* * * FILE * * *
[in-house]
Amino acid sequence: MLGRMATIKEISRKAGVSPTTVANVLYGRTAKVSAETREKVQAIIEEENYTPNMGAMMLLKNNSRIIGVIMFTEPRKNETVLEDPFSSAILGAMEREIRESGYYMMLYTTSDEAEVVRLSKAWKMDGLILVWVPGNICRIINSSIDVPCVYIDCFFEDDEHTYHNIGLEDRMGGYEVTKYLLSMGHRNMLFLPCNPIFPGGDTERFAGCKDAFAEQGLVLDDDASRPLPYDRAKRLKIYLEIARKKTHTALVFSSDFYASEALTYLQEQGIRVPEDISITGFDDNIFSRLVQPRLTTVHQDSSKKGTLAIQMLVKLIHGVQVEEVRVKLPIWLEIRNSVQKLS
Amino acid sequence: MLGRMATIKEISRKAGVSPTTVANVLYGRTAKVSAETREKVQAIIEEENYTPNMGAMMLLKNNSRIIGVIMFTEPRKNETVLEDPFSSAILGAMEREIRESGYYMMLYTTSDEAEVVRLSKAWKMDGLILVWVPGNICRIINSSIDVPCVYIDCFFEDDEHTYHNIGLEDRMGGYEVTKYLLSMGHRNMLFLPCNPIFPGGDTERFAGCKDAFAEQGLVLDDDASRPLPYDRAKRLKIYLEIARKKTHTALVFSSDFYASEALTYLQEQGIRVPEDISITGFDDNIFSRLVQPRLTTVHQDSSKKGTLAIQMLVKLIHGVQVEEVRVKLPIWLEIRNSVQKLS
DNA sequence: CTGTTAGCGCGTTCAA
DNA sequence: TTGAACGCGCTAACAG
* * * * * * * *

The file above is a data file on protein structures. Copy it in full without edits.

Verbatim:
[in-house]
Amino acid sequence: MLGRMATIKEISRKAGVSPTTVANVLYGRTAKVSAETREKVQAIIEEENYTPNMGAMMLLKNNSRIIGVIMFTEPRKNETVLEDPFSSAILGAMEREIRESGYYMMLYTTSDEAEVVRLSKAWKMDGLILVWVPGNICRIINSSIDVPCVYIDCFFEDDEHTYHNIGLEDRMGGYEVTKYLLSMGHRNMLFLPCNPIFPGGDTERFAGCKDAFAEQGLVLDDDASRPLPYDRAKRLKIYLEIARKKTHTALVFSSDFYASEALTYLQEQGIRVPEDISITGFDDNIFSRLVQPRLTTVHQDSSKKGTLAIQMLVKLIHGVQVEEVRVKLPIWLEIRNSVQKLS
Amino acid sequence: MLGRMATIKEISRKAGVSPTTVANVLYGRTAKVSAETREKVQAIIEEENYTPNMGAMMLLKNNSRIIGVIMFTEPRKNETVLEDPFSSAILGAMEREIRESGYYMMLYTTSDEAEVVRLSKAWKMDGLILVWVPGNICRIINSSIDVPCVYIDCFFEDDEHTYHNIGLEDRMGGYEVTKYLLSMGHRNMLFLPCNPIFPGGDTERFAGCKDAFAEQGLVLDDDASRPLPYDRAKRLKIYLEIARKKTHTALVFSSDFYASEALTYLQEQGIRVPEDISITGFDDNIFSRLVQPRLTTVHQDSSKKGTLAIQMLVKLIHGVQVEEVRVKLPIWLEIRNSVQKLS
DNA sequence: CTGTTAGCGCGTTCAA
DNA sequence: TTGAACGCGCTAACAG